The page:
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Why egg shortages expose cracks in the way UK farmers are treated


Three eggs in a box

Supermarkets are rationing boxes of eggs as poultry farmers face the double blow of bird flu and rising feed prices, while the National Farmers' Union has called for a Defra investigation into the supply chain. 

Dr Kamran Mahroof, Associate Professor of Supply Chain Analytics at the University of Bradford, explains why this current shortage is down to deeper cracks in how our farmers are supported - and why we must fix them or risk losing a vital part of our economy. 

He said: “Avian flu has caused the current egg shortage and we’ll get through it, just as we have got through other catastrophes, but we can’t continue papering over the cracks when it comes to the UK’s farming sector.

"Farmers are often criticised for not doing more, but they’ve been hit with problem after problem, without the time and resources necessary to bounce back. Instead of focusing on this latest crisis, it’s about time we look at the future impact that will leave and the people involved in that sector.

"Farmers were already struggling because the war in Ukraine has cut off a lot of the world’s wheat and corn, which they buy as livestock feed, resulting in prices soaring. Traditionally, profit margins have been wafer-thin and forking out higher prices for feed means farmers are spending more per egg than before. While consumers might be paying more for a box of a dozen eggs at the supermarket, that extra money isn’t necessarily going back to the farmers.

Headshot of Dr Kamran Mahroof

Pictured above: Dr Kamran Mahroof

"Their profits are shrinking to an extent that the future of farming in this country is becoming unsustainable, and that should worry us all.

"It’s similar to what has been happening in the HGV sector. Last year, we suddenly became aware of how important HGV drivers are in our economy when we suffered mass shortages. McDonald’s couldn’t make milkshakes, Nando’s struggled to get chicken. Covid-19 and Brexit contributed, but there was no escaping the fact we simply hadn’t looked after our lorry drivers.

"If we don’t support the elements of our economy that we rely on, supply disruption will continue to dominate our news bulletins and headlines. Whenever there is disruption, it’s often due to multiple - not necessarily just one - contributing factors.

"This is not just about bird flu - the USA suffered a similar experience with bird flu earlier in the year, but with fewer uncertainties and infrastructural challenges are experiencing a better recovery.

"We need to be proactive. We need to plan ahead and prepare so that when these so-called ‘black swan events’ happen - rare, high impact occurrences such as avian flu  - we can cope.

Low margins, high uncertainty

"On the one hand, we are talking about ‘buying local’ and reducing our food miles to lower our carbon footprints, yet on the other hand, we are not giving enough support to our ‘local’ farmers and food suppliers who play a pivotal role in this.

"From my own research, I know farmers feel left out of the conversation.

"They are already being incentivised to stop rearing livestock and give up their land to plant trees and help the environment. In a cost-of-living crisis, with livestock feed and energy bills going up and customers who might not be able to afford to pay higher prices for their food, the big players will be able to navigate through the fog, but how can we expect smaller farmers to continue operating on low margins and high uncertainty?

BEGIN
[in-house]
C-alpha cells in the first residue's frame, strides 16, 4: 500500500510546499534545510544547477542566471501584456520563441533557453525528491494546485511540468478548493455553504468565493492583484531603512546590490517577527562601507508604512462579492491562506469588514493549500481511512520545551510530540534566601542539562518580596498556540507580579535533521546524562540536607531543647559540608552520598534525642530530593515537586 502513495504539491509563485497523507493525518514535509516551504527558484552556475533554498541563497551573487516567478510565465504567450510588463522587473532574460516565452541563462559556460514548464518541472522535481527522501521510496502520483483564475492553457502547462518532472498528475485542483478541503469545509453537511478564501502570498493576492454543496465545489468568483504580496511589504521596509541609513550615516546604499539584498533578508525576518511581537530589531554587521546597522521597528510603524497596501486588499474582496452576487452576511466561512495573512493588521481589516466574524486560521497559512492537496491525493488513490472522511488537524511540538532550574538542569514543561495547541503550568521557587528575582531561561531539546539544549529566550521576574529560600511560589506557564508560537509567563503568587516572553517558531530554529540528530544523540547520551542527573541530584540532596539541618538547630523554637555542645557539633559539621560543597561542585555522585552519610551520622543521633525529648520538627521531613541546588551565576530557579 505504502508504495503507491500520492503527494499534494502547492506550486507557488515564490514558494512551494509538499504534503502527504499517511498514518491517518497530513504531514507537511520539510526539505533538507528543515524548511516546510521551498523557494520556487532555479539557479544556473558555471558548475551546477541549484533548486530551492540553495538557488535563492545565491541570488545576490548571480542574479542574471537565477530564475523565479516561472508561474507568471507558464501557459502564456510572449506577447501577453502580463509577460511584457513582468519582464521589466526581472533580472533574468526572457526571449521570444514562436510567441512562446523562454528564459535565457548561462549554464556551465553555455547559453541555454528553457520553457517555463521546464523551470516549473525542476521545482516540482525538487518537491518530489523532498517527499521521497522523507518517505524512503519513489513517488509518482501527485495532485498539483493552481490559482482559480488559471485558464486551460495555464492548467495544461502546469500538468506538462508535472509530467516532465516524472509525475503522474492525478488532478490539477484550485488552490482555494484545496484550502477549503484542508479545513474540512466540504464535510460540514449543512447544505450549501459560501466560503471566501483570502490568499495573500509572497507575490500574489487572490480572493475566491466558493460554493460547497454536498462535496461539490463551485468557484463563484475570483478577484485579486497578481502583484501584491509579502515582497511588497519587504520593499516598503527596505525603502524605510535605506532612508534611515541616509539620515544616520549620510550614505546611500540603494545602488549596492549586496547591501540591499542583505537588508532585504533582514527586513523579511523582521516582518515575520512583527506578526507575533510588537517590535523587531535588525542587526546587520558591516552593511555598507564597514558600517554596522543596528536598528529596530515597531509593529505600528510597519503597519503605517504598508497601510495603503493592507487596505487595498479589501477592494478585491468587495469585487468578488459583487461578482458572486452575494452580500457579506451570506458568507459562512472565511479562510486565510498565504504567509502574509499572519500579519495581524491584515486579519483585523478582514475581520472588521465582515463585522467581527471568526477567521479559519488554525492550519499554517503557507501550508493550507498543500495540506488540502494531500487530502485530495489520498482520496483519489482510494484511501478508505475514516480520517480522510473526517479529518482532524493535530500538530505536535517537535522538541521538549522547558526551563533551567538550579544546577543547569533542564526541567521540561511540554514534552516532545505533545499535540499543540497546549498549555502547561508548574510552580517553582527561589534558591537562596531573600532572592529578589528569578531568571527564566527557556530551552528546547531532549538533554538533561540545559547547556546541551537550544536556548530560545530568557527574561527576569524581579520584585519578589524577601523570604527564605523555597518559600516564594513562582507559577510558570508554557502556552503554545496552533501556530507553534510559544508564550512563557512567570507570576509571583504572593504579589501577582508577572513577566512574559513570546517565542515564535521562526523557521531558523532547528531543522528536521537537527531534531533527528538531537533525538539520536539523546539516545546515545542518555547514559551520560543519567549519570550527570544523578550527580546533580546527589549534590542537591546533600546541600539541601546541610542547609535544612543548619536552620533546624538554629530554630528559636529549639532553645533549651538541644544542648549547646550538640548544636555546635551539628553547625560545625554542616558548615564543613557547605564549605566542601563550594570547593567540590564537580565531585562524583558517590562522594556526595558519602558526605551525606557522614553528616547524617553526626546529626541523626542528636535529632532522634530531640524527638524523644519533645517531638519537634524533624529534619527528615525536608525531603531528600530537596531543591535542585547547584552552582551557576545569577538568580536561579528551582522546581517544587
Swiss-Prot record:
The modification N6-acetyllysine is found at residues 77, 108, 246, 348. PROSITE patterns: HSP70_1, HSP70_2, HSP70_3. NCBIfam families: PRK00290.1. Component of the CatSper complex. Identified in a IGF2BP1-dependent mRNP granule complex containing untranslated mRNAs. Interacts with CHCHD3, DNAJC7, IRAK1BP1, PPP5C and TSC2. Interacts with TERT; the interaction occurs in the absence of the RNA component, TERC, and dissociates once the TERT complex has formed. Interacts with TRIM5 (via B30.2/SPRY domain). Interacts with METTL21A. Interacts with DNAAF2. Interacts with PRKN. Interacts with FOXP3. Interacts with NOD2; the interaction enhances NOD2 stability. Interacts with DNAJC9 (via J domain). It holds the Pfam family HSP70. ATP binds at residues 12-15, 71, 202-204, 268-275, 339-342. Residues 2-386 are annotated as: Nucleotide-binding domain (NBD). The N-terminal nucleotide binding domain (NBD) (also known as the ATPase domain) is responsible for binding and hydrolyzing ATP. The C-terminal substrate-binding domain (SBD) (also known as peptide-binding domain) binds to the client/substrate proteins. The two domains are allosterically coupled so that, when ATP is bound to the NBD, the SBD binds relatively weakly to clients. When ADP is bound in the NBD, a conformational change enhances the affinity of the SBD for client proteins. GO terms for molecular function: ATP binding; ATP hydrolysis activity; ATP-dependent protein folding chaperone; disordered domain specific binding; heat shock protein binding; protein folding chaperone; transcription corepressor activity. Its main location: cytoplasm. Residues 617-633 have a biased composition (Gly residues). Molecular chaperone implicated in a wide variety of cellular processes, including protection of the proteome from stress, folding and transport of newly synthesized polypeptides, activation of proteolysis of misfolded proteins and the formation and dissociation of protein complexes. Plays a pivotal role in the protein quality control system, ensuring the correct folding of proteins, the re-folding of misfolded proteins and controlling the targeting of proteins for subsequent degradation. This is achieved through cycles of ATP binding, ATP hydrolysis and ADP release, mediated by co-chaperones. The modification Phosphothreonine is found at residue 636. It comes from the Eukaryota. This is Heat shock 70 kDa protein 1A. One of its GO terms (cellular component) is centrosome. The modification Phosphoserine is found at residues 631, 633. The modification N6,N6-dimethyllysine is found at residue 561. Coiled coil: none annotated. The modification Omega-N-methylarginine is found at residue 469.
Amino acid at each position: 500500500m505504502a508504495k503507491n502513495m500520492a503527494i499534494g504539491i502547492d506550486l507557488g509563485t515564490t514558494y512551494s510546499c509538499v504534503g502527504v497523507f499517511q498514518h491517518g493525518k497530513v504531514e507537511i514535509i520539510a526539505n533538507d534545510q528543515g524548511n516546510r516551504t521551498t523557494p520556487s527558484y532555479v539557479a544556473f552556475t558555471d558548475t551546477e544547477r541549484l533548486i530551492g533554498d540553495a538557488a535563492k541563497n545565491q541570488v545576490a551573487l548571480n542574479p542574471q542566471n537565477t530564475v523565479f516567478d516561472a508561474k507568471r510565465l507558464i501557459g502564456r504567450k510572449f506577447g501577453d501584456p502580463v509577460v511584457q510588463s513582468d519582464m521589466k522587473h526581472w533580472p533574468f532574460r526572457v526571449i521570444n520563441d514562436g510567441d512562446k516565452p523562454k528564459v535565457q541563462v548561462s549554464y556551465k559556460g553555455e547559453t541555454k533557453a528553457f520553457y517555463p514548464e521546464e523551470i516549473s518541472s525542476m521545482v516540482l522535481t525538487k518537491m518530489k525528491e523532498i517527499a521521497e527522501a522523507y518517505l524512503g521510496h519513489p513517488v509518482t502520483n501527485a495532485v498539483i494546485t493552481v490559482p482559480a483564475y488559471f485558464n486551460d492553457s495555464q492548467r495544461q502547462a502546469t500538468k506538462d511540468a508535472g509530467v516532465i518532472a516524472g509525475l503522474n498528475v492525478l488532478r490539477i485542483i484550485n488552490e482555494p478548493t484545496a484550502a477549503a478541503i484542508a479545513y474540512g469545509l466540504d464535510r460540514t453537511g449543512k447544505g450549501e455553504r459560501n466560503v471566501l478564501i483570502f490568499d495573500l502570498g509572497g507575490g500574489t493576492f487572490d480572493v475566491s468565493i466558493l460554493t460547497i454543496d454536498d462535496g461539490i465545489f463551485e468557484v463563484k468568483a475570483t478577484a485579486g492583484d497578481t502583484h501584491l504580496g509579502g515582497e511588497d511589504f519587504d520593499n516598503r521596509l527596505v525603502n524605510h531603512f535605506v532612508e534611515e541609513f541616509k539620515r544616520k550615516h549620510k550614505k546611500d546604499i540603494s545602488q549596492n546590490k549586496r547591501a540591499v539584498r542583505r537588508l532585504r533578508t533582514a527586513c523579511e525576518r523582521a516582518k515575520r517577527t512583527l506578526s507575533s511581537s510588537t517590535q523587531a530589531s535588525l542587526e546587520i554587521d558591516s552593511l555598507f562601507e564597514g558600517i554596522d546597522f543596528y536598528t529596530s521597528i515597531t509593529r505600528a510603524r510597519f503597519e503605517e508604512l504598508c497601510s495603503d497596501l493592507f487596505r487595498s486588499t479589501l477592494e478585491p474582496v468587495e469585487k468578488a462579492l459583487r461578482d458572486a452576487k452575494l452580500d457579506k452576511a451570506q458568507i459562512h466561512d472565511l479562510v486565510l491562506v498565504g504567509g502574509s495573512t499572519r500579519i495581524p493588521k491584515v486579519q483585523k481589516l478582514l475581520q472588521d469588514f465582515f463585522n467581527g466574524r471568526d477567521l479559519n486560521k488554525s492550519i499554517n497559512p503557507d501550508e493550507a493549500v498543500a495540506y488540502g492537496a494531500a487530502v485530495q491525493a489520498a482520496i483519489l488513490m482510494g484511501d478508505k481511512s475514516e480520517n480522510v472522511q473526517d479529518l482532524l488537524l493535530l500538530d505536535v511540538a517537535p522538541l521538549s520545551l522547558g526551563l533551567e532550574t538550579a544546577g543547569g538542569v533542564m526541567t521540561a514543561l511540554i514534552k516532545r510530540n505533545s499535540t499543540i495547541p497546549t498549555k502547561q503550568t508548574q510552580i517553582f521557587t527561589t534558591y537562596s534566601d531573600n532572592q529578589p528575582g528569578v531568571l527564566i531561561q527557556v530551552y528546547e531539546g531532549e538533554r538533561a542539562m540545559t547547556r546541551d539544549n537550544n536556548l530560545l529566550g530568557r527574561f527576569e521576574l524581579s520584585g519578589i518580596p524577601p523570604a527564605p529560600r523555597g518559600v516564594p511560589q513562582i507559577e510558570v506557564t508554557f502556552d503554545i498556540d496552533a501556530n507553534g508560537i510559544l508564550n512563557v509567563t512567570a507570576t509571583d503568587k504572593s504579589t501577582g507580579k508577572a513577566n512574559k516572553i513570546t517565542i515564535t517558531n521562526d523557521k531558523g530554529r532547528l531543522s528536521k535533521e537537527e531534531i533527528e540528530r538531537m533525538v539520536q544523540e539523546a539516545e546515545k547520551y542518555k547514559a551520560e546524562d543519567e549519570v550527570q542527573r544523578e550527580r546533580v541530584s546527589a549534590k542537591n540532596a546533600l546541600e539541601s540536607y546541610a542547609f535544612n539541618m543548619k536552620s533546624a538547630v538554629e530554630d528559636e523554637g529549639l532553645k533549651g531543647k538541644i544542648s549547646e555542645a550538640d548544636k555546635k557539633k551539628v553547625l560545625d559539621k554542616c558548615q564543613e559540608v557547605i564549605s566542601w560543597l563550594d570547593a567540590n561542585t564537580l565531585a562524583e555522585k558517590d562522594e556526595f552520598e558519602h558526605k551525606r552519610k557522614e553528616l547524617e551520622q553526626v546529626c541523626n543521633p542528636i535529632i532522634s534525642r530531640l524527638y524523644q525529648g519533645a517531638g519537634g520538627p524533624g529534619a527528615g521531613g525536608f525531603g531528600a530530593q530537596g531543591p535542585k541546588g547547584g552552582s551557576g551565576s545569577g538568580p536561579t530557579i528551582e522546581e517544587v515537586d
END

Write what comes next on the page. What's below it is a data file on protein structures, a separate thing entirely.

"It’s a stressful job which relies on a seasonal income and it's time we spoke about the issue of poor mental health faced within the farming industry. Operating on small margins isn't healthy,  the coronavirus pandemic wouldn't have helped, and the ongoing challenges are pushing farmers to the brink.  We know farmers suffer a lot of mental health problems and there is a high suicide rate in the sector - it's time we factor these issues in when considering the level of support that really should be on offer.

"Add all those factors together and it’s hardly an appealing career.

A chicken and two eggs

"Traditionally, farming is a vocation which passes down through generations. We need to look at how to attract younger people into farming too. They will be the ones with greater digital skills who can make changes to help the industry adapt in the future.

From a supply chain perspective, we have to make adjustments, such as more subsidies and support, to ensure farmers can continue to operate. Unfortunately, the Environmental Land Management Schemes (ELMs) which was designed to replace EU payments, Common Agricultural Policy (CAP) post-Brexit has not been the success one would have hoped for. The scheme pays farmers for delivering a range of ‘public goods’ such as environmental benefits, but since its launch has been largely viewed with scepticism and uncertainty by the farming community.

"We have brought in price caps for energy. Shouldn’t we be looking at doing something similar for farming? We knew eight months ago, following the outbreak of war in Ukraine, that there would be more pressure on farmers and that if some major catastrophe happened, we would be staring down the barrel of another shortage crisis. Why are we not using modelling to plan ahead so we have contingencies in place?

"Farmers are resilient but we need systemic change in the industry to protect them and the future of farming in this country -  because we can’t afford to lose it.”